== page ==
Suggest you audition planar speakers. Different sound, but can deliver what you say you want.
I would add a new KEF LS50 Meta to your list. I personally own them and love them for the all characteristics you are looking for. Easy to audition (e.g. Crutchfield 60 day return policy) and easy to resell. They are more neutral in balance than your totems, but I think would pair well with your warm McIntosh.
Another one that I can recommend from personal experience is the GoldenEar BRX. While I personally like the LS50 more and think it is a better overall speaker, the BRX has a beautiful, immediate, and addicting upper midrange/treble that some might fall in love with. The bass it produces is also different in energy and slam than the KEFs (passive radiators vs reflex).
Appreciate all the options mentioned. I think of all the suggestions the Dynaudio special 40 may be the most appealing to me. Some of the speakers mentioned which I’m sure are potentially great I just won’t invest in do to the companies style of business. I truly hate when a company makes a line up where they simply increase the cabinet size and the woofer size or quantity as you go up the line. Generally they turn there whole line over every 3-5 years. I find it very difficult to believe these companies provide the most musically tuned speakers. The exception being when they actually take the time to develop a particular speaker such as the special 40 or the ls50. It seems when they do this they often have smashing success. If they would only do it more. Although I think the KEF is a great speaker it isn’t quite what I’m looking for. Maybe for lack of a better word a bit sterile to me.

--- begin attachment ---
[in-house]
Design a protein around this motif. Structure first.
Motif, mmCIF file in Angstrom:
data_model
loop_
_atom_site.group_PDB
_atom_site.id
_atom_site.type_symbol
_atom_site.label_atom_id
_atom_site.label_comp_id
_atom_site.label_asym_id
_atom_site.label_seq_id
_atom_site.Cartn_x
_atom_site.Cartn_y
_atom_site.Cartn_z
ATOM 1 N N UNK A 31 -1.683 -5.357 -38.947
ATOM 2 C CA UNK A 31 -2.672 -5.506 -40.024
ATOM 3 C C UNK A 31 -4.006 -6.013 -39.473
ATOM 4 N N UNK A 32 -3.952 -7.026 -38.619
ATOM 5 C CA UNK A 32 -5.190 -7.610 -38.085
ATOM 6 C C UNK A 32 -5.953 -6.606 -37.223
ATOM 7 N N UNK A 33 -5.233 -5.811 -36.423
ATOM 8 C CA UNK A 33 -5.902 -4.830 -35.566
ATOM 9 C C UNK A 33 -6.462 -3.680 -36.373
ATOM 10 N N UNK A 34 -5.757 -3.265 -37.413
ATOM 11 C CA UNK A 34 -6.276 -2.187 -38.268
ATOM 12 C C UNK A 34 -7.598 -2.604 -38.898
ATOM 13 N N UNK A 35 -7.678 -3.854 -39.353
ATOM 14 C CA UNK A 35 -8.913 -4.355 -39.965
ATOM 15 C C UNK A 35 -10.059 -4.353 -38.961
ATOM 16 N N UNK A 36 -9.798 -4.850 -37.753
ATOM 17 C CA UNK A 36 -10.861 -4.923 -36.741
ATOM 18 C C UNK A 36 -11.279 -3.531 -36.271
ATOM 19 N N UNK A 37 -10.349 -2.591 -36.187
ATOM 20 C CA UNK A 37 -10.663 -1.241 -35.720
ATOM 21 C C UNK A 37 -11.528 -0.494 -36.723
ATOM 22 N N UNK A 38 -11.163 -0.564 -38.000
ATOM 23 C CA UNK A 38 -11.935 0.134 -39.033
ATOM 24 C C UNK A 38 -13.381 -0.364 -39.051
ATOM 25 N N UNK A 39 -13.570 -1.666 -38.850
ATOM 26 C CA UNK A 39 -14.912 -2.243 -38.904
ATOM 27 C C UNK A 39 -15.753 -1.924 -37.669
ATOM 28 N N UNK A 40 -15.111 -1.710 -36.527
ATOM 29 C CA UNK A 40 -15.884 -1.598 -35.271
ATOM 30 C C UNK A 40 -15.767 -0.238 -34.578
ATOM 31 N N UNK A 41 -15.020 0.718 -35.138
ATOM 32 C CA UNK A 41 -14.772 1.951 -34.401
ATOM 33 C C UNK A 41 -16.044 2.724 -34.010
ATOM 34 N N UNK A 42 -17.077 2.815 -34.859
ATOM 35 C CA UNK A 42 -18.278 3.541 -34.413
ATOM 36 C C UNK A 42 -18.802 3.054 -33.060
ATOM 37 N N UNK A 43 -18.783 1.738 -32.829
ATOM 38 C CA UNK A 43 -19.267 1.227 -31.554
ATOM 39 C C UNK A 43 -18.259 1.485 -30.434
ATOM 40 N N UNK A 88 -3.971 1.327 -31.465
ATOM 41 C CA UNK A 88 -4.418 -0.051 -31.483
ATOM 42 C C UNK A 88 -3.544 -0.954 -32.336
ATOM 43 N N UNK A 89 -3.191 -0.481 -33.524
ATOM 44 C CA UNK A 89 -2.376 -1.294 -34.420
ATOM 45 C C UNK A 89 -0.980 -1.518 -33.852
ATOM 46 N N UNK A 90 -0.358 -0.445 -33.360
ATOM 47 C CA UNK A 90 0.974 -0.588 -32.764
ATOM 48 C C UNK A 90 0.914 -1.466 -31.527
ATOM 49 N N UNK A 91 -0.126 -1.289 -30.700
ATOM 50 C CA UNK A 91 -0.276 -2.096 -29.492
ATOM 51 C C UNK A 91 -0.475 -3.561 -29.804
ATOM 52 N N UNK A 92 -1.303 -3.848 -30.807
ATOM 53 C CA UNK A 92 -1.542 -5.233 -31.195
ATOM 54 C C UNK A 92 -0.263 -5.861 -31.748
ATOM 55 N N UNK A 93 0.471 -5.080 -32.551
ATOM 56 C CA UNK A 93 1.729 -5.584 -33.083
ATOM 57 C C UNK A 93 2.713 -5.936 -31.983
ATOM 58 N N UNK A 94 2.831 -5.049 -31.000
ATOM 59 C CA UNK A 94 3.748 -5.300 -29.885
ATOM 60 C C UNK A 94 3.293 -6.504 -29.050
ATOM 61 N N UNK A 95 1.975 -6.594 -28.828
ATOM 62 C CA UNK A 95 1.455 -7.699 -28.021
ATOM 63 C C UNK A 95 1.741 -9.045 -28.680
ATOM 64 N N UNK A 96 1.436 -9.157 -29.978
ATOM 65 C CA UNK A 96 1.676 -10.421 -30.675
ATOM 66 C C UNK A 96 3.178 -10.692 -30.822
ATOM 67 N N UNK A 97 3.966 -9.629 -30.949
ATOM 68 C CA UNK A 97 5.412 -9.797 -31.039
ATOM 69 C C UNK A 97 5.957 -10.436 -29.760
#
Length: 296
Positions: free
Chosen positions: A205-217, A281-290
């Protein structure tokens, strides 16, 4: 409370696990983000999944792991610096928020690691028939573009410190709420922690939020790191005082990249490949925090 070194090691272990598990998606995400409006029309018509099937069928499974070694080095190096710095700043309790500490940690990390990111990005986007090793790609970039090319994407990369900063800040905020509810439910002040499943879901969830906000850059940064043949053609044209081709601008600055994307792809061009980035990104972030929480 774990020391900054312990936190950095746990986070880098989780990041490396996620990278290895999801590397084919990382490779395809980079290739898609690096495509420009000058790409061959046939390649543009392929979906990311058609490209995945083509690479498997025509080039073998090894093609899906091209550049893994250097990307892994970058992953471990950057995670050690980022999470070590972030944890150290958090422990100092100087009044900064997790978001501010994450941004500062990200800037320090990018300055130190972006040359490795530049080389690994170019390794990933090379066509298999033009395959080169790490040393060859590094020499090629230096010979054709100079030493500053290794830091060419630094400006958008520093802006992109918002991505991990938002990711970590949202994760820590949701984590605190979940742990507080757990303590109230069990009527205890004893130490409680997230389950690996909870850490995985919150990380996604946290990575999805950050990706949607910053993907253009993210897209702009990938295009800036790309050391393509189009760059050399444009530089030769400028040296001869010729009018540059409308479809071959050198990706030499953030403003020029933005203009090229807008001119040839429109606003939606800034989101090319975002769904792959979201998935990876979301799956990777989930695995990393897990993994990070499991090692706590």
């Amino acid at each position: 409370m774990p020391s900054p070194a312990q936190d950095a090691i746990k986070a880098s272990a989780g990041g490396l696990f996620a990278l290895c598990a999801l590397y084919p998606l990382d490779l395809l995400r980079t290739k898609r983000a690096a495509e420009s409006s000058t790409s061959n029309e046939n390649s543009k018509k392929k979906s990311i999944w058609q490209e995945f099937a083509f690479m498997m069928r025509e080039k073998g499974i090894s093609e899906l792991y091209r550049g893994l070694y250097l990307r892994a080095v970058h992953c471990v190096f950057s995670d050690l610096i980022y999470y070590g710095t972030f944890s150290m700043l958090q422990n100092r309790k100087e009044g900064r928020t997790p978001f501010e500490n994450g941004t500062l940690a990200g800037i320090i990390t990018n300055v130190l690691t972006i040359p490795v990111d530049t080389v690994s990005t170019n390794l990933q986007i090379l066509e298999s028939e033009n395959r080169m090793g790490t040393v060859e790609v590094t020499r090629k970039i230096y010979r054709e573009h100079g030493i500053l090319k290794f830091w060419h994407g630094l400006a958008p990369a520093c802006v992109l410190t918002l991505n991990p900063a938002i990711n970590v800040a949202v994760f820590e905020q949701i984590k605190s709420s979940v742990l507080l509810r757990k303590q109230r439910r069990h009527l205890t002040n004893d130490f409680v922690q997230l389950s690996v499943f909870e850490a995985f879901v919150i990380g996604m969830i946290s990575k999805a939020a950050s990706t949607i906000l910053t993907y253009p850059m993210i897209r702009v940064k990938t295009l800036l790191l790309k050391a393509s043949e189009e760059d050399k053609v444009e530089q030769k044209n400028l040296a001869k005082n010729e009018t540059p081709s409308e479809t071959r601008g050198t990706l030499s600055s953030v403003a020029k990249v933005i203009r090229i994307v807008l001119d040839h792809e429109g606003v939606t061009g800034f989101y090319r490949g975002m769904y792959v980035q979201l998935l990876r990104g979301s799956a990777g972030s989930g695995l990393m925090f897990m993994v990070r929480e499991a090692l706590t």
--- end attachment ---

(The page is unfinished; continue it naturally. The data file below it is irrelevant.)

I really wish Harbeth would attempt to make a “modern” speaker. I would definitely be a buyer. The explanation that the screws were for on site repairs as studio monitors I find pretty amusing. I can only imagine how many Harbeths are actually in duty as mobile recording monitors. Too funny really. Very ironic to me that the official “pipe and slipper speakers” need to have 20 exposed screws for on site repairs. I suppose Harbeth tech support is some guy in mechanic outfit that shows up to your house with a giant tool truck. Anyways I’ll quit ranting.